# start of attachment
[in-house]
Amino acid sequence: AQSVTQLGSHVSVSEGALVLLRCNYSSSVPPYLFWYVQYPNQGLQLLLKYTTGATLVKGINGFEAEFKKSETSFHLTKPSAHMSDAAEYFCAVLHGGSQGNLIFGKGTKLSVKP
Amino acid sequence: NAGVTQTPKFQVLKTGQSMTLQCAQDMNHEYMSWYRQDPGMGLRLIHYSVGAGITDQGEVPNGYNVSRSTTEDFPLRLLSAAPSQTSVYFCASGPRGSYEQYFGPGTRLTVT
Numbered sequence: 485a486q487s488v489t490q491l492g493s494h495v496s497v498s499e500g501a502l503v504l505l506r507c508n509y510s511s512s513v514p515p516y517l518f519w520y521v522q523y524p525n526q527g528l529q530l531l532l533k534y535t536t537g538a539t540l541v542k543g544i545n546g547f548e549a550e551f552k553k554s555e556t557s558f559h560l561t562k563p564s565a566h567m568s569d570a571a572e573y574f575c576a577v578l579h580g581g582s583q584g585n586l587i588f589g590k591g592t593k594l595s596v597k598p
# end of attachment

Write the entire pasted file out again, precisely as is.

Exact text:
[in-house]
Amino acid sequence: AQSVTQLGSHVSVSEGALVLLRCNYSSSVPPYLFWYVQYPNQGLQLLLKYTTGATLVKGINGFEAEFKKSETSFHLTKPSAHMSDAAEYFCAVLHGGSQGNLIFGKGTKLSVKP
Amino acid sequence: NAGVTQTPKFQVLKTGQSMTLQCAQDMNHEYMSWYRQDPGMGLRLIHYSVGAGITDQGEVPNGYNVSRSTTEDFPLRLLSAAPSQTSVYFCASGPRGSYEQYFGPGTRLTVT
Numbered sequence: 485a486q487s488v489t490q491l492g493s494h495v496s497v498s499e500g501a502l503v504l505l506r507c508n509y510s511s512s513v514p515p516y517l518f519w520y521v522q523y524p525n526q527g528l529q530l531l532l533k534y535t536t537g538a539t540l541v542k543g544i545n546g547f548e549a550e551f552k553k554s555e556t557s558f559h560l561t562k563p564s565a566h567m568s569d570a571a572e573y574f575c576a577v578l579h580g581g582s583q584g585n586l587i588f589g590k591g592t593k594l595s596v597k598p